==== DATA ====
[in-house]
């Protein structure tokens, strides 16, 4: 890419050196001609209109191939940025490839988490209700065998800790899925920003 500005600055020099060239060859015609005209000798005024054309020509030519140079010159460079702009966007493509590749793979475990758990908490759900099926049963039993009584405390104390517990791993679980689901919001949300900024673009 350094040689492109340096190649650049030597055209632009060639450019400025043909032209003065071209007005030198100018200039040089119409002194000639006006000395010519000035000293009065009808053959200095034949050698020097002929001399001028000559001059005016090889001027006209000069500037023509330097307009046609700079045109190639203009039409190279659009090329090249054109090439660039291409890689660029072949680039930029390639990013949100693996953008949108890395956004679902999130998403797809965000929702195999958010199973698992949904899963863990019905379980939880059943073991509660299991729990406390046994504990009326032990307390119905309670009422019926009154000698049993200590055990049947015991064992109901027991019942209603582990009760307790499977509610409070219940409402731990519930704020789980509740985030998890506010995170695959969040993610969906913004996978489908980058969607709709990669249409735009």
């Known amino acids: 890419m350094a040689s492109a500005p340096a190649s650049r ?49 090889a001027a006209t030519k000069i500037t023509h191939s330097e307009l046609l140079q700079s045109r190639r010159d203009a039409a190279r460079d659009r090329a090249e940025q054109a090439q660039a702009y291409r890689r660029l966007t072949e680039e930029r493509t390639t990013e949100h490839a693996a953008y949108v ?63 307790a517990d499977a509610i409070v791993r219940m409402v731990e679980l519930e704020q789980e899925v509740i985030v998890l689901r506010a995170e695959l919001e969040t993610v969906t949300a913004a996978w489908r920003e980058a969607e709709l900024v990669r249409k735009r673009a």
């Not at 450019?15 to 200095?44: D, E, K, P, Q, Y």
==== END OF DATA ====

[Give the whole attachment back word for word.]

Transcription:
[in-house]
């Protein structure tokens, strides 16, 4: 890419050196001609209109191939940025490839988490209700065998800790899925920003 500005600055020099060239060859015609005209000798005024054309020509030519140079010159460079702009966007493509590749793979475990758990908490759900099926049963039993009584405390104390517990791993679980689901919001949300900024673009 350094040689492109340096190649650049030597055209632009060639450019400025043909032209003065071209007005030198100018200039040089119409002194000639006006000395010519000035000293009065009808053959200095034949050698020097002929001399001028000559001059005016090889001027006209000069500037023509330097307009046609700079045109190639203009039409190279659009090329090249054109090439660039291409890689660029072949680039930029390639990013949100693996953008949108890395956004679902999130998403797809965000929702195999958010199973698992949904899963863990019905379980939880059943073991509660299991729990406390046994504990009326032990307390119905309670009422019926009154000698049993200590055990049947015991064992109901027991019942209603582990009760307790499977509610409070219940409402731990519930704020789980509740985030998890506010995170695959969040993610969906913004996978489908980058969607709709990669249409735009």
């Known amino acids: 890419m350094a040689s492109a500005p340096a190649s650049r ?49 090889a001027a006209t030519k000069i500037t023509h191939s330097e307009l046609l140079q700079s045109r190639r010159d203009a039409a190279r460079d659009r090329a090249e940025q054109a090439q660039a702009y291409r890689r660029l966007t072949e680039e930029r493509t390639t990013e949100h490839a693996a953008y949108v ?63 307790a517990d499977a509610i409070v791993r219940m409402v731990e679980l519930e704020q789980e899925v509740i985030v998890l689901r506010a995170e695959l919001e969040t993610v969906t949300a913004a996978w489908r920003e980058a969607e709709l900024v990669r249409k735009r673009a």
């Not at 450019?15 to 200095?44: D, E, K, P, Q, Y």